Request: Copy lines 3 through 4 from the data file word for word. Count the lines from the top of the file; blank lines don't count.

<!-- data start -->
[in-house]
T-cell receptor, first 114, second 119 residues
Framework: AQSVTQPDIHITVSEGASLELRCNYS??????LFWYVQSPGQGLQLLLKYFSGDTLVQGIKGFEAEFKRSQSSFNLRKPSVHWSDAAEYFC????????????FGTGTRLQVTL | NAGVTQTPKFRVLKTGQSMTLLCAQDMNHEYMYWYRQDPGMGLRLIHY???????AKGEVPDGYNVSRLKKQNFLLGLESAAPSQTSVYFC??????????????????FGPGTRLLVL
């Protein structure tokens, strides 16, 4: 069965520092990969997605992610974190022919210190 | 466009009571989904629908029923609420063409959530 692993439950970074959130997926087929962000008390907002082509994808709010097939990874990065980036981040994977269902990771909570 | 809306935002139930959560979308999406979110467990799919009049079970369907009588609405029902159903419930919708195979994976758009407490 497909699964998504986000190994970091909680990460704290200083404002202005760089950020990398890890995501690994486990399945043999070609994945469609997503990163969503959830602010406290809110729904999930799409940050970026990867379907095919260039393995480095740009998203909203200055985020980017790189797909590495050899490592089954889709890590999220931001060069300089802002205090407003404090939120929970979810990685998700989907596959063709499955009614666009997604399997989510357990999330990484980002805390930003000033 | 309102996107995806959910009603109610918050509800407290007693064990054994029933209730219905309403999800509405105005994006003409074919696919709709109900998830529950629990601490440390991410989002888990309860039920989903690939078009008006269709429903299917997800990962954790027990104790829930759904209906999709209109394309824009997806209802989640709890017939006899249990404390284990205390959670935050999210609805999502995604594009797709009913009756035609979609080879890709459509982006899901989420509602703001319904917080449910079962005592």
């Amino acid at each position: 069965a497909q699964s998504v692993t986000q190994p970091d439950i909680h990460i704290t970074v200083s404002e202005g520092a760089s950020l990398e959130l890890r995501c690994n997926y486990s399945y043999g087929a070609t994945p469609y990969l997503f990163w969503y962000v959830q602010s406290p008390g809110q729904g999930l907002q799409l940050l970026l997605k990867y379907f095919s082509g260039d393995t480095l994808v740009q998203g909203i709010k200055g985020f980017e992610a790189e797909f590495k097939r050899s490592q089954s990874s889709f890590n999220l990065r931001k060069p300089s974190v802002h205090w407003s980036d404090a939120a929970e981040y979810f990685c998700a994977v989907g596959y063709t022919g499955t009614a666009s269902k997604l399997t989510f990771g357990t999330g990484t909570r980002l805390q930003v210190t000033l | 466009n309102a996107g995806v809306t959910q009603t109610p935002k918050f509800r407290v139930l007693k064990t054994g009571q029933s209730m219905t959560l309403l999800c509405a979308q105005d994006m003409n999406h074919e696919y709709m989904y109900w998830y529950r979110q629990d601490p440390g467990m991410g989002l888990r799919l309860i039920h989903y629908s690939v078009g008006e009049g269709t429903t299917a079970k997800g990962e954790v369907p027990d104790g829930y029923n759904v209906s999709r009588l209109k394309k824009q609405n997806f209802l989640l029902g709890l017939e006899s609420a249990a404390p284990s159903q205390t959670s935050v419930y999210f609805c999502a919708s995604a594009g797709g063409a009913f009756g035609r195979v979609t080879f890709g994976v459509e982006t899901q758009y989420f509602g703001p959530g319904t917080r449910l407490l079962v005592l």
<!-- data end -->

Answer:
Framework: AQSVTQPDIHITVSEGASLELRCNYS??????LFWYVQSPGQGLQLLLKYFSGDTLVQGIKGFEAEFKRSQSSFNLRKPSVHWSDAAEYFC????????????FGTGTRLQVTL | NAGVTQTPKFRVLKTGQSMTLLCAQDMNHEYMYWYRQDPGMGLRLIHY???????AKGEVPDGYNVSRLKKQNFLLGLESAAPSQTSVYFC??????????????????FGPGTRLLVL
């Protein structure tokens, strides 16, 4: 069965520092990969997605992610974190022919210190 | 466009009571989904629908029923609420063409959530 692993439950970074959130997926087929962000008390907002082509994808709010097939990874990065980036981040994977269902990771909570 | 809306935002139930959560979308999406979110467990799919009049079970369907009588609405029902159903419930919708195979994976758009407490 497909699964998504986000190994970091909680990460704290200083404002202005760089950020990398890890995501690994486990399945043999070609994945469609997503990163969503959830602010406290809110729904999930799409940050970026990867379907095919260039393995480095740009998203909203200055985020980017790189797909590495050899490592089954889709890590999220931001060069300089802002205090407003404090939120929970979810990685998700989907596959063709499955009614666009997604399997989510357990999330990484980002805390930003000033 | 309102996107995806959910009603109610918050509800407290007693064990054994029933209730219905309403999800509405105005994006003409074919696919709709109900998830529950629990601490440390991410989002888990309860039920989903690939078009008006269709429903299917997800990962954790027990104790829930759904209906999709209109394309824009997806209802989640709890017939006899249990404390284990205390959670935050999210609805999502995604594009797709009913009756035609979609080879890709459509982006899901989420509602703001319904917080449910079962005592």